That day in the sand dunes (Part II)

by - June 13, 2020

The desert struggle (part I) made me reflect a while after. What motivates me? Why do I do things?

Sometimes we don't even think about why we do things; we do them out of habit or necessity. Sometimes, out of desperation and survival. Other times, because others like boss, teacher, parents, friends, told or expected us to.

I read this article titled "Why I Try Not To Do Things For Others, But For Myself Instead" by Gretchen Rubin, a candidly honest piece which contends that doing things for other people has a kind of a self-righteous air; which rewards the doer with a feeling of being generous and virtuous. It sometimes also bring a feeling of resentment. Why? Because, there is an underlying desire and expectation to be noticed and appreciated. When that desire is unmet, resentment builds up.

The article candidly points out our human limitations: not only we need each other, we also crave for self actualisation, acceptance and approval. We put commitment and hard work to perform, be recognised and rewarded, to fulfill others' and our own expectations. We look out for each other in social relationships in mutual needs for love, connection and acceptance.

In what I thought was my own "pure" desire to do good for others, upon digging deeper and being very honest, I often, grudgingly, found those exact selfish desires - very human. Aren't we such weak, limited, conditional beings? :)

But I’d like to contend that self will isn’t that powerful and mighty giant we often make it out to be. Admittedly self will and self motivation are very powerful, you feel like you’re riding the waves and on top of the world, like the world is your oyster and you’re rewarded by good feelings and good emotions. But they’re fickle too.

A friend once told me, "Feelings are like the weather. It changes over time". Like one of those new year resolutions to go to the gym or eat healthy, which often fails by February. I used to feel motivated and passionate about blogging. Now, this post has been sitting in draft for more than a year.

For things that require long commitment, when things get hard, when those wonderful feelings desert you; when you see no purpose, no meaning, no reward, no happiness, no end, just burden, toil and exhaustion like the barren desert,... Self will will fail and you’ll feel lost.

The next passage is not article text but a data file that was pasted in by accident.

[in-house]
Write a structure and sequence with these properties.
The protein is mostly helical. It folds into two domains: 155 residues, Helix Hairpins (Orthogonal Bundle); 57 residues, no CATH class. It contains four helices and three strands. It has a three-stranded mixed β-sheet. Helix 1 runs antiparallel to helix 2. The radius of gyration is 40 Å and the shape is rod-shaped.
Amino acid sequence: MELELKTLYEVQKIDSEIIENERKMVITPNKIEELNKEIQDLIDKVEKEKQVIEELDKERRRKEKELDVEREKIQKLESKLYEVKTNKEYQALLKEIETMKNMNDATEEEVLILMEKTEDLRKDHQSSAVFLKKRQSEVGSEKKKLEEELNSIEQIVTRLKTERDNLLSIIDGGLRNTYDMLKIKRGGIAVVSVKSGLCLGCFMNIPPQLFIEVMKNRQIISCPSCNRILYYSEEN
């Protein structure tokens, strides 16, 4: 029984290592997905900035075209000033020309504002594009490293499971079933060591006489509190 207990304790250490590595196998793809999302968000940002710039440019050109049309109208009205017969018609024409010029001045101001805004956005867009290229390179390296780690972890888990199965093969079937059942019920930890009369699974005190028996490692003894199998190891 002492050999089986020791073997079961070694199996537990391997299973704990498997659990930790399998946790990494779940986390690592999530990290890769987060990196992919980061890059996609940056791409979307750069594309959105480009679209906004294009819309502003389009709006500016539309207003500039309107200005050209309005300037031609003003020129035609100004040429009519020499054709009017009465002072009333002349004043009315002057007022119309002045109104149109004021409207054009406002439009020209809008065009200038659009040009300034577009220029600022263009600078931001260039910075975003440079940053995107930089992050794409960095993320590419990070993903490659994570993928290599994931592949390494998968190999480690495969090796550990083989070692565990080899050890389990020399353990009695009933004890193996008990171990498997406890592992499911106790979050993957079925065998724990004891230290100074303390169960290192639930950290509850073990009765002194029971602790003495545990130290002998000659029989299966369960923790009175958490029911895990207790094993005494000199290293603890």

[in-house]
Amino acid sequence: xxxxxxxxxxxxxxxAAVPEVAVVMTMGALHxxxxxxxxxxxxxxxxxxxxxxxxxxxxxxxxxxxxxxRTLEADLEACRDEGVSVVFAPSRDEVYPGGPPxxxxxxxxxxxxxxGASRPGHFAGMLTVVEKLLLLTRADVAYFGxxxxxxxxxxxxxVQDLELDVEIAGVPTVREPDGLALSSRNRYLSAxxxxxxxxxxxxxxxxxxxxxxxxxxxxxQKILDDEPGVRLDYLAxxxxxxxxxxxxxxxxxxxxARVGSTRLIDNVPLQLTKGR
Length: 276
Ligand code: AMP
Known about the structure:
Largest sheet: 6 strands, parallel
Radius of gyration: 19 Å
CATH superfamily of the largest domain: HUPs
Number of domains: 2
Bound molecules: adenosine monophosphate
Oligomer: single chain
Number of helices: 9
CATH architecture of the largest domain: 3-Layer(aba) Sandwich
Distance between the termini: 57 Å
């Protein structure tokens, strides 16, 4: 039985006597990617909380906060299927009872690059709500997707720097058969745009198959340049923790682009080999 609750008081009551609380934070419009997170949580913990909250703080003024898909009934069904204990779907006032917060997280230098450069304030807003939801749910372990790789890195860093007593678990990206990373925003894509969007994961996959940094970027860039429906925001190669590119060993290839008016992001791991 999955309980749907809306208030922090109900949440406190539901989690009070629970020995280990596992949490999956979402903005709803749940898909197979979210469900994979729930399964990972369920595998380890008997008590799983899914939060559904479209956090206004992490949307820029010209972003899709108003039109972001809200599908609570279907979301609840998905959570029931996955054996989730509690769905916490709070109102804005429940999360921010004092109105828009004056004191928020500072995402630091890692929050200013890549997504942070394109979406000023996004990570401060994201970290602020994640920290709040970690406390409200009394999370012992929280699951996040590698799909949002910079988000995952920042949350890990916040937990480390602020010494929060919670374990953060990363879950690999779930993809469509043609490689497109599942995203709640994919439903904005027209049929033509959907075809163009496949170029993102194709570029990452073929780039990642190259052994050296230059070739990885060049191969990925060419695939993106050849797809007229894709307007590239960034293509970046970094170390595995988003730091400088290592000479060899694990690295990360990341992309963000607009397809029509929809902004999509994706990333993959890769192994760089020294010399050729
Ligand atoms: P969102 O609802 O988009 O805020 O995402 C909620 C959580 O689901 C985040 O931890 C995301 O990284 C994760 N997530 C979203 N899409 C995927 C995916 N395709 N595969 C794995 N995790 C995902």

Is it possible to become detached from selfish desires and expectations, to do things for someone else, such as someone who relies on, puts hope in you, someone whom you love? Instead of being resentful, will it make you stronger?

Surely, even if limited, we too have the capacity for the unconditional? Surely, as parents toil in their jobs, as they change endless nappies and fold endless laundry; surely they don't just think about being all sacrificial or self righteous, how they want to be appreciated and rewarded? Surely, even though we are limited by our selfish desires and we often fall, fail, hurt each other and ourselves, we have the capacity to be selfless and give our lives away too?

By all means, I need to be very honest with my limitations. When my cup is empty, it needs to be filled before I can get up and start again. Set strong boundaries. Communicate my expectations (working on it. I find those incredibly hard).

Doing things for myself and for others don’t have to be mutually exclusive. When I'm exhausted of doing things for myself, especially something that seems pointless like climbing that sand hill... 

Surprisingly, counter-intuitively, sometimes, when self will fails, doing things for others makes you regain strength again. It refuels the self will that was empty.

It might even make you happy. 

One piece of truth I know for sure: if that day I climbed the sand dunes for myself, I would have already given up.

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